'Would it be the part of love for your friends to with- 
Ihold information of the fact, and not try to dissuade 
[you from going, lest you should be disappointed of 
jyour visit ? No, you instantly reply. Just so it is 
in regard to christian faithfulness. The more you 
2 



10 

love your brethren, the more ready you will be to 
counsel and admonish them for their faults. Nothino- 
can be more fatal to christian union, than to cover up 
sin. If christians would be united in love, let them 
be affectionately faithful — then they will fare well. 

6. Christians may be said to fare well, when they 
are agreed in efforts to advance the cause of genuine 
religion. 

The object of any man's conversion, is not merely 
to secure his personal enjoyment, nor his personal 
safety. God has higher designs to answer, than any 
man's happiness or safety. His own glory is con- 
cerned, in all that he does, and all he intends to do. 
It is for God's glory, that his children should continue 
in the world for a season. Here is the appropriate 
theatre of their action. Here are materials upon 
which their energies may be profitably expended, and 
men are the proper instruments of good to men. 
Hence Jesus Christ, instead of making preachers of 
Angels, invested men with his high commission. And 
not only are preachers to be employed, but every 
christian has an appropriate part to act, and by the 
united efforts of the lohole church, is the work of the 
world's conversion to be carried forward unto com- 
pletion. Let christians then be agreed to labor in 
promoting the great cause of religion in the world, 
but let them labor in their proper places, and they 
will fare well, for God rewardeth the pious efforts of 
all his saints. 

In each of these respects, I can respond to the 
language of the Apostle, and say, "Finally, brethren, 
farewell.''^ It is my desire, that tho' some of you have 
profited so litde by my labors, you may, by some 
other instrumentality, profit much more, and that you 
may fare well in each and all the particulars that I 
have mentioned. 

From this subject, we may infer that the declen-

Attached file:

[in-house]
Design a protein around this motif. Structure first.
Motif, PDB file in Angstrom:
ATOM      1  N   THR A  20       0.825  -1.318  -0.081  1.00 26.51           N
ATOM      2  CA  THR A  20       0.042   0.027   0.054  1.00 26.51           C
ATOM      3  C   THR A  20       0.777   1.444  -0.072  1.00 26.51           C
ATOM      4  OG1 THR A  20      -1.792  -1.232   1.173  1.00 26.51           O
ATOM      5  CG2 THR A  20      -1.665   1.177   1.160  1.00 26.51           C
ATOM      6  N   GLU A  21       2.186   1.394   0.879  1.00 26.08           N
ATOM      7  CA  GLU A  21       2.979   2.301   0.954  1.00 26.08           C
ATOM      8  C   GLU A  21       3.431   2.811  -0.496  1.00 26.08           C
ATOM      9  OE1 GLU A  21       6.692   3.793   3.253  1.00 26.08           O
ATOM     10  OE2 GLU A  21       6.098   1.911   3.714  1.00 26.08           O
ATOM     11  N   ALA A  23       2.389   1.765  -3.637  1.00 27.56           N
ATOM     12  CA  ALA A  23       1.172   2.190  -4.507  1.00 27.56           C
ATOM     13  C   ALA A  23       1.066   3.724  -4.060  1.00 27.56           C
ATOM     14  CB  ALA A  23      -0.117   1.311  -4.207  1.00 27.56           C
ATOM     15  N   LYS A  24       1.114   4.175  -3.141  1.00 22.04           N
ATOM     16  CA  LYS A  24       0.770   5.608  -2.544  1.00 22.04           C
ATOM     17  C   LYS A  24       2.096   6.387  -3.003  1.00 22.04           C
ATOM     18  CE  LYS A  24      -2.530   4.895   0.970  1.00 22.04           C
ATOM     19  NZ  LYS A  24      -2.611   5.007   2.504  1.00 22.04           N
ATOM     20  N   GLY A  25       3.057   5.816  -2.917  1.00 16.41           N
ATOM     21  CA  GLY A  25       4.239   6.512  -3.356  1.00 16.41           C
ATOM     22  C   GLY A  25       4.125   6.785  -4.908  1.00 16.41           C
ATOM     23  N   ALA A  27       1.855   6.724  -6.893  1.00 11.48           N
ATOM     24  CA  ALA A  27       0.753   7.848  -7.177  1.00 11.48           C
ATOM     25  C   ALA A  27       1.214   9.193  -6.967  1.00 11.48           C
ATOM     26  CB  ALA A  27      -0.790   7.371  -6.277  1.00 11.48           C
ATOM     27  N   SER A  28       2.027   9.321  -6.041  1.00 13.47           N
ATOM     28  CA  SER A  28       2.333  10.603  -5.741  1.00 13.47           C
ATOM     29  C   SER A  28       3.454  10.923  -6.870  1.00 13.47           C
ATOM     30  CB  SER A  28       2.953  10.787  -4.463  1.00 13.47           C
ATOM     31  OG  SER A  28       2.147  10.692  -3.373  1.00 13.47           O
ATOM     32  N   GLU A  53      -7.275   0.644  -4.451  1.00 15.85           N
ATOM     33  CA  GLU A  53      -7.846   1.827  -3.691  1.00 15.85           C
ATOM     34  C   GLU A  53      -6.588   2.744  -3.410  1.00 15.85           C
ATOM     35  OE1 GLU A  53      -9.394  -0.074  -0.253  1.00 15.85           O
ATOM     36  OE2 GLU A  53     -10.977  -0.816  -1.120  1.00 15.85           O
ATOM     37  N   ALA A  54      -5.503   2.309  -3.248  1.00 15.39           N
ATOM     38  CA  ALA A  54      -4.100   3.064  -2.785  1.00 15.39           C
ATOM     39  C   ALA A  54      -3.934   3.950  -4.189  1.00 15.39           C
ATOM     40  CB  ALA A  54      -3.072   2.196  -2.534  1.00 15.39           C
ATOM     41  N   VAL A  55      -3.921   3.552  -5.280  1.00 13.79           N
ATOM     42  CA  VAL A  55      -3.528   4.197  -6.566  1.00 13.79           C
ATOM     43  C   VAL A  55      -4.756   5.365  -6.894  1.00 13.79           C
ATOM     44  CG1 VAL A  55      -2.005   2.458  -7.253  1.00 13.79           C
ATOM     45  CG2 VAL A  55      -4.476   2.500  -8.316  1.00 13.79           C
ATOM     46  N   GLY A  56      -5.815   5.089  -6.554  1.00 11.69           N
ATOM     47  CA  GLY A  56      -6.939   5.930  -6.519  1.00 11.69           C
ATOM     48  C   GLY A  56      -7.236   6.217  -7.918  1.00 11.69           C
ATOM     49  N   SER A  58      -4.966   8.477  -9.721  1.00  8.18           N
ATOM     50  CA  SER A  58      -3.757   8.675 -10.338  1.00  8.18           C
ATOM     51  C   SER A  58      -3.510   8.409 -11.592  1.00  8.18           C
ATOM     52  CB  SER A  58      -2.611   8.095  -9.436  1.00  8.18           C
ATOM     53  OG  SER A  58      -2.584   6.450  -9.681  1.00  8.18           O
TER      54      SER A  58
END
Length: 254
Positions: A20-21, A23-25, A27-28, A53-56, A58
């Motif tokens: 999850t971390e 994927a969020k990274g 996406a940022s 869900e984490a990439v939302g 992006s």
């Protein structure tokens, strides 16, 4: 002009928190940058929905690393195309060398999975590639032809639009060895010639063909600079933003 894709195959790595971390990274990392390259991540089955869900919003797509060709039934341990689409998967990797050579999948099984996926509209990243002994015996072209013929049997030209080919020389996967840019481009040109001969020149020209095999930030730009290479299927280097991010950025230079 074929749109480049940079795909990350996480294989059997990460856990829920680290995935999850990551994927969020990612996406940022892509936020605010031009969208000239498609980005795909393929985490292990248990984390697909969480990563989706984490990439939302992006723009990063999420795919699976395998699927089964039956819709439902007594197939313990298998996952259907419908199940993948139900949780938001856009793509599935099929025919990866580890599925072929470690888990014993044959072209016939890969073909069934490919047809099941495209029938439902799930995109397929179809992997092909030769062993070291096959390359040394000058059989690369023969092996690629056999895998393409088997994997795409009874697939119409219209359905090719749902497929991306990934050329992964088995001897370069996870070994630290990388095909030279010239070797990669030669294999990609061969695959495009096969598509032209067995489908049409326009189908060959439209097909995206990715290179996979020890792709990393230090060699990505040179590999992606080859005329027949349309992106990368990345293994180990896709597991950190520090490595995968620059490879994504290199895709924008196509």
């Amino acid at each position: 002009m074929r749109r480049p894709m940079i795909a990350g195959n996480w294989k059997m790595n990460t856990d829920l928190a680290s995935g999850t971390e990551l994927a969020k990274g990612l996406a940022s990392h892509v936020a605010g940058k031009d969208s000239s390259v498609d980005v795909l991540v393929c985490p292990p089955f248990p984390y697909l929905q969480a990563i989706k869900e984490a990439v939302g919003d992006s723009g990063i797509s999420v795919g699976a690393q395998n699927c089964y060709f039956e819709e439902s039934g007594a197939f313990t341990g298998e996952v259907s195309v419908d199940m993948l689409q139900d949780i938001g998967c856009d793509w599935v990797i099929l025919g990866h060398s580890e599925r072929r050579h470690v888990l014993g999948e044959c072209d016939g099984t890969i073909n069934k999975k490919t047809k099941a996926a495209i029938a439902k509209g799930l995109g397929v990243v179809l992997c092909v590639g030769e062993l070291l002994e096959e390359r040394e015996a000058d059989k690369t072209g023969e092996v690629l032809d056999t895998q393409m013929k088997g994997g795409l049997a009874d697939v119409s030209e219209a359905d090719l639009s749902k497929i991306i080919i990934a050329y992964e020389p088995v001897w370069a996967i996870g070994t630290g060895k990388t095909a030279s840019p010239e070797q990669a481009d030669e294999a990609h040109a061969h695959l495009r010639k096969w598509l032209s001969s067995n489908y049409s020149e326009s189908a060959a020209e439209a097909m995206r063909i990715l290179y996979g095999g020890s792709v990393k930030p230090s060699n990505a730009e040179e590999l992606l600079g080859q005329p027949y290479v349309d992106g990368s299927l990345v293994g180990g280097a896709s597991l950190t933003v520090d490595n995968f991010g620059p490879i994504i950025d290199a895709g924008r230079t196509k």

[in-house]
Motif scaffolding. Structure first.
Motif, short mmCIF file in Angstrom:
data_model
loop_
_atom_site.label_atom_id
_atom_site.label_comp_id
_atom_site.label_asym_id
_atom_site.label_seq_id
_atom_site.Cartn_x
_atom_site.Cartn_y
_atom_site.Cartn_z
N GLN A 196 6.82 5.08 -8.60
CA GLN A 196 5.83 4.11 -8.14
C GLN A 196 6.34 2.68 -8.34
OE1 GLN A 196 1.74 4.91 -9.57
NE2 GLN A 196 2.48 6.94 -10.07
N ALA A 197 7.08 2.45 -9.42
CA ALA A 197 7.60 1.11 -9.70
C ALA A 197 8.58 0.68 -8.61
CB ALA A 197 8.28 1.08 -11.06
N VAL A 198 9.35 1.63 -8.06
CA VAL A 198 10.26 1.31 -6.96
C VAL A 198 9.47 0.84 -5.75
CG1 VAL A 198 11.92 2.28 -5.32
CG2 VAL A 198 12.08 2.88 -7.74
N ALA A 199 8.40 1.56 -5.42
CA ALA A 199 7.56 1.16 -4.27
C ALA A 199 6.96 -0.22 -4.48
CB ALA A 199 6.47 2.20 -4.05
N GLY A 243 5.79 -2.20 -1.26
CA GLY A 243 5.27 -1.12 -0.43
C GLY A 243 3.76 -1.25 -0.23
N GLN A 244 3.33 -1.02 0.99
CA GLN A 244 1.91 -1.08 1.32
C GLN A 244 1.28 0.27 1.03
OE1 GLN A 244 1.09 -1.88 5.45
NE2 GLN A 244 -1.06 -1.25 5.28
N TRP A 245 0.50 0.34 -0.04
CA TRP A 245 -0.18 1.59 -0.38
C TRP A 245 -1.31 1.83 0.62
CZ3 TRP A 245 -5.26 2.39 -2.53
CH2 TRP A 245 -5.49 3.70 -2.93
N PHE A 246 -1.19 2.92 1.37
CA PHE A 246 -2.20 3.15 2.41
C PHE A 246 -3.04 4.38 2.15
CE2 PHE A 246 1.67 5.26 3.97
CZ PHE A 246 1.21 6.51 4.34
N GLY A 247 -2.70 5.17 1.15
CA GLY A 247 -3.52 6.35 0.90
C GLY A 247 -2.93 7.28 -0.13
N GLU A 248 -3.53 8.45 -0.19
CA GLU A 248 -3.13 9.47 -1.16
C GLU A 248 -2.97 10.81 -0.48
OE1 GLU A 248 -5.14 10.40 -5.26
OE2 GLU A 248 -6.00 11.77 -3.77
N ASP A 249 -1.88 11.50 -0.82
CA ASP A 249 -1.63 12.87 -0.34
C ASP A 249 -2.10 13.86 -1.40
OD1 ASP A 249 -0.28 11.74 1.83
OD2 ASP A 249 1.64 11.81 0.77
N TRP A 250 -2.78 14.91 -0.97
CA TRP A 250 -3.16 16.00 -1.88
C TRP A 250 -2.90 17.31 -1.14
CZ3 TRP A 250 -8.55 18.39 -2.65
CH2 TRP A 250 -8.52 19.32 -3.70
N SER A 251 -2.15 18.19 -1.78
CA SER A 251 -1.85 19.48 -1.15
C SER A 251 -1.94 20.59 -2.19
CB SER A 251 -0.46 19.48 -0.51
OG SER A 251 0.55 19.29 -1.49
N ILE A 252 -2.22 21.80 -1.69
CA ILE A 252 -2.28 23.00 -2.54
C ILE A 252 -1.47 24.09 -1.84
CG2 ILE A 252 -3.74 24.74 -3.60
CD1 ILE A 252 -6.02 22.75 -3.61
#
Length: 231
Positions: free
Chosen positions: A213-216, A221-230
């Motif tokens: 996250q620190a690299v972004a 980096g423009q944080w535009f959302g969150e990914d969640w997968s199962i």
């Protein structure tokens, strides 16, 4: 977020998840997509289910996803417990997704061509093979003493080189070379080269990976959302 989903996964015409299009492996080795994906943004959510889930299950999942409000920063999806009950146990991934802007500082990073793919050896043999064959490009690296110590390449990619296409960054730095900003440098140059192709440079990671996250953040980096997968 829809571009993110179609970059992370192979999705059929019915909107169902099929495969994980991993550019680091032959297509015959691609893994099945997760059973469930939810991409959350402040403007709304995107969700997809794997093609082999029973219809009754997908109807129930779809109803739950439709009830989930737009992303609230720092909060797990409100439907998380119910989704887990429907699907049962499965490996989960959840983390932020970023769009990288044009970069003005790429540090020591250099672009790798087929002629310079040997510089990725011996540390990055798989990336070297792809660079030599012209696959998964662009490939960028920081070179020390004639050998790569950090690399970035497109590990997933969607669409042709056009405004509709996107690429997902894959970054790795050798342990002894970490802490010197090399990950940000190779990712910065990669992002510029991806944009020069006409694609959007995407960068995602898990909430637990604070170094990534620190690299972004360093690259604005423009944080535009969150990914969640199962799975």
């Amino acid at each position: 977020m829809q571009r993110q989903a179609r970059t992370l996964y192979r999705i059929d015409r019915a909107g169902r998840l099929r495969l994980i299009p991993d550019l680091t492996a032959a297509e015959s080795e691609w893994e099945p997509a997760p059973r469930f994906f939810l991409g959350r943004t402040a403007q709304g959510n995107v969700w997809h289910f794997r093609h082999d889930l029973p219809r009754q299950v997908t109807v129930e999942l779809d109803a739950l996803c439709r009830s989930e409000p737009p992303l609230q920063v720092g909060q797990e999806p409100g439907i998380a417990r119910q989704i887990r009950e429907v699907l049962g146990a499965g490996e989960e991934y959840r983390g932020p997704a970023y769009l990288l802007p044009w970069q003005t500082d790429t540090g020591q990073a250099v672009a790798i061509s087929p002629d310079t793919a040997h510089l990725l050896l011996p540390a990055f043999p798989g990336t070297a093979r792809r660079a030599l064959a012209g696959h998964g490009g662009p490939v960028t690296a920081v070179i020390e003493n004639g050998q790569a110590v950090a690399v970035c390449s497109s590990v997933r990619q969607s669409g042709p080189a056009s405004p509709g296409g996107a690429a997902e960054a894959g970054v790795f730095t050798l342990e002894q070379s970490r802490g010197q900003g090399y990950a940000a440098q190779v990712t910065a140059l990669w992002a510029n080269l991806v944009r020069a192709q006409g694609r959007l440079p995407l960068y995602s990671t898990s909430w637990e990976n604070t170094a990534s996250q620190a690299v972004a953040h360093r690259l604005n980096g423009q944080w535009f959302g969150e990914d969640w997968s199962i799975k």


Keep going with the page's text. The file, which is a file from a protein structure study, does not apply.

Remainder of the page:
sion of religion and the loss of spiritual enjoyments, 
is owing to the deficiencies of christians in their duty. 



11 

God has instituted means for the improvement, groioth 
and happiness of his children, no less than he has de- 
creed the salvation of (hem that believe. And every 
christian who would enjoy the consolation of the gos- 
pel, must be "spiritually minded." 

Strive to be more holy, and daily cultivate all the 
graces of the spiritual man, and do, as well as get 
good. 

Upon a similar principle, all men conduct the af- 
fairs of life — the principle of labor and profit. Look 
where you will, you see men carrying out this princi- 
ple. They labor, not because they love to expend 
their physical strength, but, for the sake of the reward 
which they hope to receive. So must the christian 
labor, to become more holy and more wise in heaven- 
ly things, and to " enter into that rest which remains 
for the people of God." 

If christians would see the church prosper, they 
must be faithful to their covenant engagements. For 
how can a church prosper, in which prayer is wanting 
— or how can a church prosper, whose members are 
unsound in the truth — who are w^anting in affection 
for each other, and m judgment upon the duties which 
1 are incumbent upon them ? To embrace a large 
number of members, is far less important than to be 
j "prayerful and united in sentiment and practice.